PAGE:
Performance schedule: Wednesday, May 24 at 7:30 p.m.

Tickets: $20

Performers include the singers Alison Kelly, Mary Lutz, William Dwyer and Gerald Frantzen and on piano Anatolyi Torchinskyi

Chicago Folks Operetta welcomes Kurt Weill scholar Tim Carter to Chicago for a lecture and performance. Carter, one of the most acclaimed Weill scholars, shares with the audience information on the creation and history of Weill and Green's Johnny Johnson. The evening also includes performances of selections from Johnny Johnson and other Kurt Weill songs that showcase the operetta's unique sound.

A Multi-Media Concert

Operetta and The Great War

June 28 and June 29

Directed by Gerald Frantzen

Music accompanied by Anatolyi Torchinskyi

Stage 773, 1225 W. Belmont Ave.

Performance schedule: Wednesday, June 28 and Thursday, June 29 at 7:30 p.m.

Tickets: $30

The second offering in the 2017 season is Operetta and The Great War, a multi-media concert looking at how the operetta industry survived The Great War. Featuring performances of many of the forgotten World War I operettas, as well as examining the role of operetta in wartime propaganda efforts, Operetta and The Great War includes the music of Emmerich Kálmán, Leo Fall, Edmund Eysler, Harold Fraser-Stimson, Reynaldo Hahn, Leo Ascher, Henri Christine, Jerome Kern and others. At the height of its popularity when the First World War broke out, operetta found itself in the unusual position of being a vehicle for the propaganda of nations. Whether Axis or Allied, the operetta stars
and composers of the time joined their nation's war effort delivering patriotic messages and raising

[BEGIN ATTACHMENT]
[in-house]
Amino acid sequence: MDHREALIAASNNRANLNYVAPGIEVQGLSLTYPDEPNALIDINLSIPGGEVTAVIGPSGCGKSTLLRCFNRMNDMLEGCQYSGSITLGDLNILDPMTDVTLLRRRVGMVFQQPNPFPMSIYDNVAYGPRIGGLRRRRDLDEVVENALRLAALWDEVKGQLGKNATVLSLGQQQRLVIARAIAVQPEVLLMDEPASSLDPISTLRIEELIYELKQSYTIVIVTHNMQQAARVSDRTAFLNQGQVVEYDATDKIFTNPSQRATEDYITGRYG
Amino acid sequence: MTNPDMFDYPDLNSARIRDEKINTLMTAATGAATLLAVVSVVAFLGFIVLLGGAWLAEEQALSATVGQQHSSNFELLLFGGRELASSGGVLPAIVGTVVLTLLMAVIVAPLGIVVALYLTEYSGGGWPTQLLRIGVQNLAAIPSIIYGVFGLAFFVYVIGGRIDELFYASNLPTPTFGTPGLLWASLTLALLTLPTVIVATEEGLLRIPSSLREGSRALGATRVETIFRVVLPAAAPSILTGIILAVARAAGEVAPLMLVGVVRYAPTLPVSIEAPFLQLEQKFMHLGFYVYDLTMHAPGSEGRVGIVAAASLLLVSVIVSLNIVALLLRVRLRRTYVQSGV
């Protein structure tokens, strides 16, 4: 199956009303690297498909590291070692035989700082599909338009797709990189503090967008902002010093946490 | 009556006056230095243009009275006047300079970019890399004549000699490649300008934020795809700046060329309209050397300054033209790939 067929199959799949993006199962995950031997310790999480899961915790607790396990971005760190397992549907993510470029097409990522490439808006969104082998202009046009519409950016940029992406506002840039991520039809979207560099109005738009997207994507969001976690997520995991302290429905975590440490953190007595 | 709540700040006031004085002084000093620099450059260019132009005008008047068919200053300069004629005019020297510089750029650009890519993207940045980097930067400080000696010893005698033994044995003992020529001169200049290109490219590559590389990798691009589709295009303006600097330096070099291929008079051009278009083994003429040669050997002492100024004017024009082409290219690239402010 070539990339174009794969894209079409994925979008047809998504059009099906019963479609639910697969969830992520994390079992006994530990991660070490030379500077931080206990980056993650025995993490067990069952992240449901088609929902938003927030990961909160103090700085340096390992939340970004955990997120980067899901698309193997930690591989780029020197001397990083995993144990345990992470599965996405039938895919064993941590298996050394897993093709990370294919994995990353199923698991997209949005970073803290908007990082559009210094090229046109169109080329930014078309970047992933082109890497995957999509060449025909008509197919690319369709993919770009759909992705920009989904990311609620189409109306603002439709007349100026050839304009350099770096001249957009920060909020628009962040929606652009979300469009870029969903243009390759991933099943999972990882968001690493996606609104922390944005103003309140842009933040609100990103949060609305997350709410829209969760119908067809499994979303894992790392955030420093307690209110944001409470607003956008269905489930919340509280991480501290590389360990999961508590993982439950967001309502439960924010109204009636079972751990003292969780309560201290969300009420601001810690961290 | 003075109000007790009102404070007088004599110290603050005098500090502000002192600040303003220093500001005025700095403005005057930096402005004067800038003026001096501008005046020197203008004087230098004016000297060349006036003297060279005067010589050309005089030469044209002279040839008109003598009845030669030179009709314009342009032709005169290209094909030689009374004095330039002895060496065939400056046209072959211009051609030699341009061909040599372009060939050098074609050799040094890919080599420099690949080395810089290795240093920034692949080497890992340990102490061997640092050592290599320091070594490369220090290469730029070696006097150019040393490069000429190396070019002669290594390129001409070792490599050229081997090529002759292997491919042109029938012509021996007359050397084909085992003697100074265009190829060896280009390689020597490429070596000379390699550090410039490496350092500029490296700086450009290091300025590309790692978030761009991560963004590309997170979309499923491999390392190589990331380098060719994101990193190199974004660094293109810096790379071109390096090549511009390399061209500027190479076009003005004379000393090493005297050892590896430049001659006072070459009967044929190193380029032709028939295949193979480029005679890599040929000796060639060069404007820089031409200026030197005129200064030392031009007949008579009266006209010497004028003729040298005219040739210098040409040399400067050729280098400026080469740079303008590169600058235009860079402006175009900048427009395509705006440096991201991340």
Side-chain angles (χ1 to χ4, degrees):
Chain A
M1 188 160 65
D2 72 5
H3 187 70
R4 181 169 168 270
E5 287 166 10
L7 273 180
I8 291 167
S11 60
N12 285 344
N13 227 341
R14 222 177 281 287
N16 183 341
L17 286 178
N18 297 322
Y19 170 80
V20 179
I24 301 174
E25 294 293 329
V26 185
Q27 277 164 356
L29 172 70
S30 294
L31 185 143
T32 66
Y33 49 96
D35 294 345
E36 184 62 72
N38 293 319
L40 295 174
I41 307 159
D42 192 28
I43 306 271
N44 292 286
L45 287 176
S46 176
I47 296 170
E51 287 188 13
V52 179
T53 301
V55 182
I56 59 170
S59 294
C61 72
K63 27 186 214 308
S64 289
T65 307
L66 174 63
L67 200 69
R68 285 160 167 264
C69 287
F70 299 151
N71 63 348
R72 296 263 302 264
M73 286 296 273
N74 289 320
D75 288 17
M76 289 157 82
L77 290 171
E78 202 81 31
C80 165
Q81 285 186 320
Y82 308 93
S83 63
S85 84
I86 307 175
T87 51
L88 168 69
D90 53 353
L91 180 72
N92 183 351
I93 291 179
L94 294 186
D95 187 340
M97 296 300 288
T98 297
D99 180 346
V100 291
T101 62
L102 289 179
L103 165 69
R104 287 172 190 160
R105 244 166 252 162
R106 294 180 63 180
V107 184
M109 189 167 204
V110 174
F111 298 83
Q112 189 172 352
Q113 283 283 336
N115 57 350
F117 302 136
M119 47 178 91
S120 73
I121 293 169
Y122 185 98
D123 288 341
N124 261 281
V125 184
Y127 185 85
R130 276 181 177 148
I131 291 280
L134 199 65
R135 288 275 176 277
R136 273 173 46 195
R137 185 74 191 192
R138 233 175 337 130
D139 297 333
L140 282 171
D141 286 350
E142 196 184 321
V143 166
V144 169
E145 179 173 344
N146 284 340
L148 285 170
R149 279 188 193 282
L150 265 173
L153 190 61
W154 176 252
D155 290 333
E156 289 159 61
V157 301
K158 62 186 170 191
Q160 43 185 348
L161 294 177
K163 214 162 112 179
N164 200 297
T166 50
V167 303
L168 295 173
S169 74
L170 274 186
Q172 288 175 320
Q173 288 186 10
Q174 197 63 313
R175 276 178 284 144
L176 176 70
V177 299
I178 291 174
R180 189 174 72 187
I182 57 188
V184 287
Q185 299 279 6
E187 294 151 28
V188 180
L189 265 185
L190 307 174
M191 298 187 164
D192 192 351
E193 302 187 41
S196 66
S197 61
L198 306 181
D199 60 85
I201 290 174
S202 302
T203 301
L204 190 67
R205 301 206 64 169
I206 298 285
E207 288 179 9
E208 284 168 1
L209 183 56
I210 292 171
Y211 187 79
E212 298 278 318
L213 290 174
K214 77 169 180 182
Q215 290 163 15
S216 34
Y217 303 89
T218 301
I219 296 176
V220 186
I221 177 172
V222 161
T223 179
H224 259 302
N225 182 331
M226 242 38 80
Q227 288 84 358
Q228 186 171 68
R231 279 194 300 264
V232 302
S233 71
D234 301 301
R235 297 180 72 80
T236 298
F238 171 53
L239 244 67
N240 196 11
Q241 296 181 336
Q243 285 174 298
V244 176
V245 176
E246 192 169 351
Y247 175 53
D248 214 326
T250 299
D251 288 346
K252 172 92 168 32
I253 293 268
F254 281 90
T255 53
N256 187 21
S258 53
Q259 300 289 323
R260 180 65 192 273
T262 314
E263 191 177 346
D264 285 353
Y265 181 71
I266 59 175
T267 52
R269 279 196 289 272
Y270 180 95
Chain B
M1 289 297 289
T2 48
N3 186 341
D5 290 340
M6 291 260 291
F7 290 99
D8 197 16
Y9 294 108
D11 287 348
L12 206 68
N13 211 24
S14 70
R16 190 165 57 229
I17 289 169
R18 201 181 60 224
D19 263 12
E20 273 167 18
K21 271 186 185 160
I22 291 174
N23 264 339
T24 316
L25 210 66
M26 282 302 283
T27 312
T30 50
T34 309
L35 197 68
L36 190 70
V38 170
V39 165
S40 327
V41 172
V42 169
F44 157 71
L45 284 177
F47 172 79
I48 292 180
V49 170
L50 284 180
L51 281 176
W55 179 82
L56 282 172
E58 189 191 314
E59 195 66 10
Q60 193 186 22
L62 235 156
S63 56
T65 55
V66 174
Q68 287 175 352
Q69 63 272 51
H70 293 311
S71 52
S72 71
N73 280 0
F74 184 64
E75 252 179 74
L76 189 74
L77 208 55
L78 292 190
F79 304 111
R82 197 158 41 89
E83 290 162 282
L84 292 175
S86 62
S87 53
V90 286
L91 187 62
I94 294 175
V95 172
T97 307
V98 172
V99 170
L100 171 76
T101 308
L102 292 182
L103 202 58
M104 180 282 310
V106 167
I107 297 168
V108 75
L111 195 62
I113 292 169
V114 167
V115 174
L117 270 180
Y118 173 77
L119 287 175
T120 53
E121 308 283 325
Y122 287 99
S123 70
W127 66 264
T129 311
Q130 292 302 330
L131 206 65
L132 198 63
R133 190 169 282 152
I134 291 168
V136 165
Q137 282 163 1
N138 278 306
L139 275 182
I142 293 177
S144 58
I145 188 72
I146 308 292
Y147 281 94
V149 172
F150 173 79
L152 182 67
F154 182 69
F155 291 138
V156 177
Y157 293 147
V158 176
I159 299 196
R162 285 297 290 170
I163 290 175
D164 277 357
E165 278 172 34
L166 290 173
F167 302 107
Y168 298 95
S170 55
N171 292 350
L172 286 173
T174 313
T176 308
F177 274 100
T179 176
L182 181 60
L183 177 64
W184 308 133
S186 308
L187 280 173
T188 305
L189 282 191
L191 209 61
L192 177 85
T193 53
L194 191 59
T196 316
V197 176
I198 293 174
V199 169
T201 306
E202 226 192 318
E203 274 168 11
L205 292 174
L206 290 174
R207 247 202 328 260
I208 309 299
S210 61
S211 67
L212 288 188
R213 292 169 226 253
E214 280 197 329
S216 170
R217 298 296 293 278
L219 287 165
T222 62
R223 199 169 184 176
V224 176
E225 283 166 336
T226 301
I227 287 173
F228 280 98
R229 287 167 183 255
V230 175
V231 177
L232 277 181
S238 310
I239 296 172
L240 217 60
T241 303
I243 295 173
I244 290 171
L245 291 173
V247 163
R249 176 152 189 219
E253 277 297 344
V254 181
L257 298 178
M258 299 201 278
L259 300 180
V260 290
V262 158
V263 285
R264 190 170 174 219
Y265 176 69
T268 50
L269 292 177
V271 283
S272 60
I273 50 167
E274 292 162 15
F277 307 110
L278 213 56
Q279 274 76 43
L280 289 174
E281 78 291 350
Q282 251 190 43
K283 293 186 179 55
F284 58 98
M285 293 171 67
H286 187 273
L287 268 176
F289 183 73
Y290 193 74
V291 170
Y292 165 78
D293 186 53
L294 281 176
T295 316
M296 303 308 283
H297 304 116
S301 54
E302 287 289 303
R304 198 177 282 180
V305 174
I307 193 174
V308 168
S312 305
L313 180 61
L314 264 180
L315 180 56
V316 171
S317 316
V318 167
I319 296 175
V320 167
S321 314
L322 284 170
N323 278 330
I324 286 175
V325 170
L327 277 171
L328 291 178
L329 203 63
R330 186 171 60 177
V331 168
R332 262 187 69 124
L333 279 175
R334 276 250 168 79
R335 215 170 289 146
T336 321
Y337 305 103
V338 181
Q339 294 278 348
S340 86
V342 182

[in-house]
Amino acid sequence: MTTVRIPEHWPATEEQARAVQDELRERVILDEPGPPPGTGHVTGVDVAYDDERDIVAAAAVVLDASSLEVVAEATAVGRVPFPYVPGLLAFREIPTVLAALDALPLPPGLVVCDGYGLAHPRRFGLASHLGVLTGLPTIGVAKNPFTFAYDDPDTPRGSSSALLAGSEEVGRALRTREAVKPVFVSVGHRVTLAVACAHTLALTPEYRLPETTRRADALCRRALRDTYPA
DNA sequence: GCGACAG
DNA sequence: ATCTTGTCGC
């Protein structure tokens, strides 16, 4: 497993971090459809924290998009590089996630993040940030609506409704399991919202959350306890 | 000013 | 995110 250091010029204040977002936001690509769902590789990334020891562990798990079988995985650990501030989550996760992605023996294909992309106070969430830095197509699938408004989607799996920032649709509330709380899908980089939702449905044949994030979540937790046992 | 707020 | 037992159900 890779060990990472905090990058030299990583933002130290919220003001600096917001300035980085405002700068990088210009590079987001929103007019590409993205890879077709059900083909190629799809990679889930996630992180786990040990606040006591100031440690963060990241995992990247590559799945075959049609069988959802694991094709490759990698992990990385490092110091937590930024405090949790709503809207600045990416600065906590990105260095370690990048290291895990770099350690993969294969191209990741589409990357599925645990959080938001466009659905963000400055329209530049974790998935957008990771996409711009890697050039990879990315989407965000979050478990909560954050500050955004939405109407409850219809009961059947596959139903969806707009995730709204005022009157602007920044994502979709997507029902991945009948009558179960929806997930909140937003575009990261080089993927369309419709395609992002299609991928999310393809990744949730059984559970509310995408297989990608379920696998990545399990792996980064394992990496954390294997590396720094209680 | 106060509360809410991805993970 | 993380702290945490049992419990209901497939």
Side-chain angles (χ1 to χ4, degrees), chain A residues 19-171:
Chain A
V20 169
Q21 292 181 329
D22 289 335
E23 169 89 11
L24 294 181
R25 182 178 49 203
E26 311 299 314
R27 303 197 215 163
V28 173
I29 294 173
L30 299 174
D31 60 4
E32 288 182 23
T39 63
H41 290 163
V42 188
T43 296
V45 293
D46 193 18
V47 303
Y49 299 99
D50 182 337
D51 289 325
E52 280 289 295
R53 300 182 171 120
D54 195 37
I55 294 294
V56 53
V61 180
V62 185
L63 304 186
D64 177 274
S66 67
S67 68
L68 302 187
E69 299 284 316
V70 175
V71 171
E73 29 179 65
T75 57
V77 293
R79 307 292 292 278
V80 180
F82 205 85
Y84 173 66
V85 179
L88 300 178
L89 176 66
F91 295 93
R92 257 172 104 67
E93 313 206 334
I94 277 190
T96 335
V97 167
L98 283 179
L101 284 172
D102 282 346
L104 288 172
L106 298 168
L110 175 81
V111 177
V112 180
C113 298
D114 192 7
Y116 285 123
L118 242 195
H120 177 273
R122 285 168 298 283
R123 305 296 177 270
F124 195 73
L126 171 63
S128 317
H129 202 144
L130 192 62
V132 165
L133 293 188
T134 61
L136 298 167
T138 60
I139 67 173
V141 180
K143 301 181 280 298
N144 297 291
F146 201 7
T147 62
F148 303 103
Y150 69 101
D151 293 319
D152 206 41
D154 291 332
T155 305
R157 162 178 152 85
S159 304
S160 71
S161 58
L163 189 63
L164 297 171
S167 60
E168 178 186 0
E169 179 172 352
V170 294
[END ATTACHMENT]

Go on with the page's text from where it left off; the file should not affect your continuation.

money. During the late years of the war, the thin line that once separated operetta and cabaret was breeched, as the political song writing so common to the cabaret stage now found voice in operetta. Operetta would not only survive, but also thrive during one of the most destructive wars in history.
This original multi-media presentation was written by CFO Artistic Director Gerald Frantzen and includes a host, four singers and a small chamber group accompanied by images of artists and photographs from The Great War.


Chicago Folks Operetta is a 501(c)(3) non-profit theater company devoted to the nurturing of live operetta through articulate and dynamic productions. In the belief that the arts serve to illuminate the human condition, Chicago Folks Operetta is dedicated to the revival and development of operetta, a popular and accessible form of music and theater for general audiences. In particular, the Chicago Folks Operetta concentrates on producing both Viennese and American operettas from the early 20th century.